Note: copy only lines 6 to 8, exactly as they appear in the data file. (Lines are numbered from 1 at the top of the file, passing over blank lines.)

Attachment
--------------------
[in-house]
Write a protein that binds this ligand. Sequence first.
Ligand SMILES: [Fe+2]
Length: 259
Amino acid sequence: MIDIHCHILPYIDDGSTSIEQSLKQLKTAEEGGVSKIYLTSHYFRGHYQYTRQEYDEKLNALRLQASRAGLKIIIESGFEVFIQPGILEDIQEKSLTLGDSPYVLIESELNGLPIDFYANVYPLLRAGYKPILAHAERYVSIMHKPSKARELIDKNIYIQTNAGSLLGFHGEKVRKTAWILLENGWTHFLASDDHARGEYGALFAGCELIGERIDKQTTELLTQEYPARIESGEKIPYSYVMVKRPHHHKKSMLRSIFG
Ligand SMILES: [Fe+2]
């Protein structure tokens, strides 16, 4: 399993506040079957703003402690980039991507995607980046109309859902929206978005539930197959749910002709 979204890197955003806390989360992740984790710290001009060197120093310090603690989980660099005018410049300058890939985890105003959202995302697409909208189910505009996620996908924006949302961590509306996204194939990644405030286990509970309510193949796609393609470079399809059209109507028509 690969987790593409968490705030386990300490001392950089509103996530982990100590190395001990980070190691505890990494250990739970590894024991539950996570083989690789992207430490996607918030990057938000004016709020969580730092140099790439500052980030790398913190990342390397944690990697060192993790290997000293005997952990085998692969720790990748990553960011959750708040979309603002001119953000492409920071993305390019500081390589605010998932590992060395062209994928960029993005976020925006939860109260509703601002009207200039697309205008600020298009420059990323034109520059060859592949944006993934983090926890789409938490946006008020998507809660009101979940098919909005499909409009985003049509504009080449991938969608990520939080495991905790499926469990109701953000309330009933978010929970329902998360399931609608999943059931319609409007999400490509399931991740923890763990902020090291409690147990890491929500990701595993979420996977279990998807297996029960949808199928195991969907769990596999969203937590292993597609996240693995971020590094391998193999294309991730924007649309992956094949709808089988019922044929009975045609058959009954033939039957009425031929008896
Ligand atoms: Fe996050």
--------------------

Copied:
Ligand SMILES: [Fe+2]
């Protein structure tokens, strides 16, 4: 399993506040079957703003402690980039991507995607980046109309859902929206978005539930197959749910002709 979204890197955003806390989360992740984790710290001009060197120093310090603690989980660099005018410049300058890939985890105003959202995302697409909208189910505009996620996908924006949302961590509306996204194939990644405030286990509970309510193949796609393609470079399809059209109507028509 690969987790593409968490705030386990300490001392950089509103996530982990100590190395001990980070190691505890990494250990739970590894024991539950996570083989690789992207430490996607918030990057938000004016709020969580730092140099790439500052980030790398913190990342390397944690990697060192993790290997000293005997952990085998692969720790990748990553960011959750708040979309603002001119953000492409920071993305390019500081390589605010998932590992060395062209994928960029993005976020925006939860109260509703601002009207200039697309205008600020298009420059990323034109520059060859592949944006993934983090926890789409938490946006008020998507809660009101979940098919909005499909409009985003049509504009080449991938969608990520939080495991905790499926469990109701953000309330009933978010929970329902998360399931609608999943059931319609409007999400490509399931991740923890763990902020090291409690147990890491929500990701595993979420996977279990998807297996029960949808199928195991969907769990596999969203937590292993597609996240693995971020590094391998193999294309991730924007649309992956094949709808089988019922044929009975045609058959009954033939039957009425031929008896
Ligand atoms: Fe996050």